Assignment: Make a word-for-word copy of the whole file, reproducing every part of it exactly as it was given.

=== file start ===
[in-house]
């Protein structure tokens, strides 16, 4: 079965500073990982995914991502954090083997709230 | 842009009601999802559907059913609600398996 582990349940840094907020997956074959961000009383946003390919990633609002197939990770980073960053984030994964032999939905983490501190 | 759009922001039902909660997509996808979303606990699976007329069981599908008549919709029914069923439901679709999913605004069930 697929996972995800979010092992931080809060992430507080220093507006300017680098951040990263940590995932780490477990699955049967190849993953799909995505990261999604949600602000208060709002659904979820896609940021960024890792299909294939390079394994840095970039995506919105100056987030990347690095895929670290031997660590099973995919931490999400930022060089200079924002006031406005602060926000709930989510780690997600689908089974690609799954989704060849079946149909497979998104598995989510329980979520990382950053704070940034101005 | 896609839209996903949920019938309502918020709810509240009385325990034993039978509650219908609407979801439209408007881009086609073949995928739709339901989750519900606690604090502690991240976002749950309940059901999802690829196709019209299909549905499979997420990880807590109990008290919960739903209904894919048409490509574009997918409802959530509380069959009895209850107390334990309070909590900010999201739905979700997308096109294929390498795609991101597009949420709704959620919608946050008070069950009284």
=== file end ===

[in-house]
């Protein structure tokens, strides 16, 4: 079965500073990982995914991502954090083997709230 | 842009009601999802559907059913609600398996 582990349940840094907020997956074959961000009383946003390919990633609002197939990770980073960053984030994964032999939905983490501190 | 759009922001039902909660997509996808979303606990699976007329069981599908008549919709029914069923439901679709999913605004069930 697929996972995800979010092992931080809060992430507080220093507006300017680098951040990263940590995932780490477990699955049967190849993953799909995505990261999604949600602000208060709002659904979820896609940021960024890792299909294939390079394994840095970039995506919105100056987030990347690095895929670290031997660590099973995919931490999400930022060089200079924002006031406005602060926000709930989510780690997600689908089974690609799954989704060849079946149909497979998104598995989510329980979520990382950053704070940034101005 | 896609839209996903949920019938309502918020709810509240009385325990034993039978509650219908609407979801439209408007881009086609073949995928739709339901989750519900606690604090502690991240976002749950309940059901999802690829196709019209299909549905499979997420990880807590109990008290919960739903209904894919048409490509574009997918409802959530509380069959009895209850107390334990309070909590900010999201739905979700997308096109294929390498795609991101597009949420709704959620919608946050008070069950009284």